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Why Are Commercial Planes Catching Fire?


Dynamic Airways Flight 405 catches fire in Ft. Lauderdale, injuring 21 people…British Airways Flight 2276 catches fire in Las Vegas, injuring 15…Cathay Pacific Flight CX170 catches fire mid-flight, forcing pilots to make an emergency landing in Indonesia.

We like to think these commercial airliner fires only happen sparingly. Would it surprise you to know that the three incidents listed above happened within a couple weeks of one another?

Dynamic Airways Flight 405

It was two weeks ago today that Dynamic Airways Flight 405 caught fire while the Boeing 767-200 was taxiing to a runway for departure at Fort Lauderdale-Hollywood International Airport in Florida. Dynamic Airways Flight 405 was carrying 101 passengers and crew members to Caracas, Venezuela when the plane fire erupted just after 12:30 p.m. local time.

According to various reports, 21 people aboard the Dynamic plane were rushed to Broward Health Medical Center with various injuries, including a four-year-old boy and a 62-year-old man, who suffered a head injury. Two flight attendants were among those injured. Both were taken to the hospital with minor injuries and later released.

Dynamic 405 was preparing to take off when the occupants of another plane saw fuel leaking from the left engine of the Boeing 767-200. In recorded communications with air traffic controllers, the Dynamic pilots are told of the fuel leak before someone shouted, “Engine’s on fire! Engine’s on fire!”

Thus far in the National Transportation Safety Board (NTSB) investigation, officials have said the Boeing 767-200’s main fuel supply line disconnected “in the wing-to-engine strut above and behind the left engine.” Eyewitness accounts to the Ft. Lauderdale incident attributed the source of the fire to be the 767-200’s left Pratt & Whitney JT9D engine. However, investigators have not been able to find evidence of “engine uncontainment” or other failures.

British Airways Flight 2276

It was just before 4:00 p.m. on the afternoon of September 8, 2015 when British Airways Flight 2276 pulled out of Terminal 3, Gate E3 at Las Vegas McCarran Airport. The plane, which was filled with 157 passengers and 13 crew members, was flying to London, England. Almost 20 minutes after leaving the gate, the pilots of the British Airways flight initiated take off.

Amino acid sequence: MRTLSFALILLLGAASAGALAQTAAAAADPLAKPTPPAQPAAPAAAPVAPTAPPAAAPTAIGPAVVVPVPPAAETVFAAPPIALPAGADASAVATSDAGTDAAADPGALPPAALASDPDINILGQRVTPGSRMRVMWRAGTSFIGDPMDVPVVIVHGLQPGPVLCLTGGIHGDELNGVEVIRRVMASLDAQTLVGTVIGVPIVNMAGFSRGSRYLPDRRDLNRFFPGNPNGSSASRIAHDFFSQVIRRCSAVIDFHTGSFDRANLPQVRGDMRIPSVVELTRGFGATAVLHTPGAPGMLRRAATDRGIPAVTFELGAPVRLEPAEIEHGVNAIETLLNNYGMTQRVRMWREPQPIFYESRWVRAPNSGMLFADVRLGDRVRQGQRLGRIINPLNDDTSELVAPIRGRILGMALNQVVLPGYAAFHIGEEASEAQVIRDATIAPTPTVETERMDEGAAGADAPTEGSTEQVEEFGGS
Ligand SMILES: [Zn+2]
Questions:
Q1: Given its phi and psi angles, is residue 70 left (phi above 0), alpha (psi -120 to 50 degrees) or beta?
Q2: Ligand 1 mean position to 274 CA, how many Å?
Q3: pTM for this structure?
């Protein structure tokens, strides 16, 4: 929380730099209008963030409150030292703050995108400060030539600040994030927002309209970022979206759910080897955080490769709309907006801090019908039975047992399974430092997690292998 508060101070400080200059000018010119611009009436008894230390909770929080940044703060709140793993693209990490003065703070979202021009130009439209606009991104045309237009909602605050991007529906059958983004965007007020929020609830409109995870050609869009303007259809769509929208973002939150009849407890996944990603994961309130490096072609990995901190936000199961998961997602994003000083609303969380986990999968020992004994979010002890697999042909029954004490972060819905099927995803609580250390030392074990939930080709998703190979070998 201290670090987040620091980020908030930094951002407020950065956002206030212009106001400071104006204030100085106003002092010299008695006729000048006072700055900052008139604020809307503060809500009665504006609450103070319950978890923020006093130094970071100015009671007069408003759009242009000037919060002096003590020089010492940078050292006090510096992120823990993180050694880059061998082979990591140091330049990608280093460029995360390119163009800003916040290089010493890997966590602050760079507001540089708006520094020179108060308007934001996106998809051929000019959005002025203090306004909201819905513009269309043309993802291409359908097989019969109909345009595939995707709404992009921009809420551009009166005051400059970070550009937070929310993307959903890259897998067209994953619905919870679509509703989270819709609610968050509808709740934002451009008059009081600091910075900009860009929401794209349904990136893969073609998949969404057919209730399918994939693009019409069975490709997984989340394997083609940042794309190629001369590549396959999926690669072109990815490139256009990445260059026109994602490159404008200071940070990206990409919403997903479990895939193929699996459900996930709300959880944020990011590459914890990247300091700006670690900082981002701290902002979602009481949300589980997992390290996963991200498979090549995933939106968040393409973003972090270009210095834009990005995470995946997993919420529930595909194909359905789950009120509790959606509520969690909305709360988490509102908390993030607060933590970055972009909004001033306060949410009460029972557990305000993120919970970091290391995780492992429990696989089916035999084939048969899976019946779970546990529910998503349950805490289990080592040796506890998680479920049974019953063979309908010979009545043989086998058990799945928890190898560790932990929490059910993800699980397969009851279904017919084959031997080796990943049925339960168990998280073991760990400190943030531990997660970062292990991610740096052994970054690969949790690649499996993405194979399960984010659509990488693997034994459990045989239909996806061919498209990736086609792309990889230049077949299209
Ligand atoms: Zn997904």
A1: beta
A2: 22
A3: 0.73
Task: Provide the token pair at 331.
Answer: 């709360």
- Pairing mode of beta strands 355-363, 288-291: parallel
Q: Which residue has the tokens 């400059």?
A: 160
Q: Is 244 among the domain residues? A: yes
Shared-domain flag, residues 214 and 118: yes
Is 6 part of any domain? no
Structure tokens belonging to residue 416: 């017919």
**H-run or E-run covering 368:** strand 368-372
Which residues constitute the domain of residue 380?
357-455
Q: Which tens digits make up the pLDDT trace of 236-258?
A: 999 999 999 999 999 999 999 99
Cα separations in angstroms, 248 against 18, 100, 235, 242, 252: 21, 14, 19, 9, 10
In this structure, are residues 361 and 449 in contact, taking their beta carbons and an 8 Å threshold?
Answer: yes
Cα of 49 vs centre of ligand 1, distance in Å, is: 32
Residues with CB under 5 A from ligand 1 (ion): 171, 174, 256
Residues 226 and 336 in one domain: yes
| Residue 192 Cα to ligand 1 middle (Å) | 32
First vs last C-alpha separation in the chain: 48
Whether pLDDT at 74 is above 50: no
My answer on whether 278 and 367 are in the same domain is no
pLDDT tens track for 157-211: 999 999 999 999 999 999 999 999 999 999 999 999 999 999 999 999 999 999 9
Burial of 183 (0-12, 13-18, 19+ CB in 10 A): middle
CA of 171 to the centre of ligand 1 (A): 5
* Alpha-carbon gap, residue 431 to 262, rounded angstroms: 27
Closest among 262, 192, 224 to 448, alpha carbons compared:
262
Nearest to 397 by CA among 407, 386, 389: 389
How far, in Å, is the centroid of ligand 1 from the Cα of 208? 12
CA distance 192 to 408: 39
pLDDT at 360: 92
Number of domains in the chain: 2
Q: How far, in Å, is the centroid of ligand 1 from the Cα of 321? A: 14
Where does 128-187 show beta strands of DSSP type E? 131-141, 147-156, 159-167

It only took a few seconds for the pilots to notice what would later be described as catastrophic engine failure. According to reports, the pilots (to their credit) wasted no time: they initiated the brakes on the Boeing 777-200ER and ordered an evacuation. Media reports would later say that the plane was going about 89 miles-per-hour when the call was made to hit the brakes. If the plane had been going above 180 miles-per-hour, the pilots would have been forced to take off regardless of the problem, due to the short runway.

Passengers aboard BA 2276 recalled looking out the windows to see smoke rising near the wing of the plane. Jacob Steinberg, a writer with the Guardian British newspaper, remembered smelling burning rubber and thinking, “it was time to panic.”

Emergency teams at McCarran were able to put out the fire within about five minutes of the pilots’ mayday call. Fourteen people sustained injuries. Many were hurt sliding down the escape chutes, and treated at Sunrise Hospital & Medical Center in Las Vegas. The fire reportedly caused a massive hole in the cargo hold and damage to the engine.

On October 6, the NTSB issued an investigative update, which said that the accident was traced to the failure of the “stage 8-10 spool in the high-pressure compressor section” which liberated fragments that breached the engine case and cowling. According to the Daily Mail, Boeing had warned that the engine in question (a General Electric engine) was ‘unsafe’ roughly four years ago.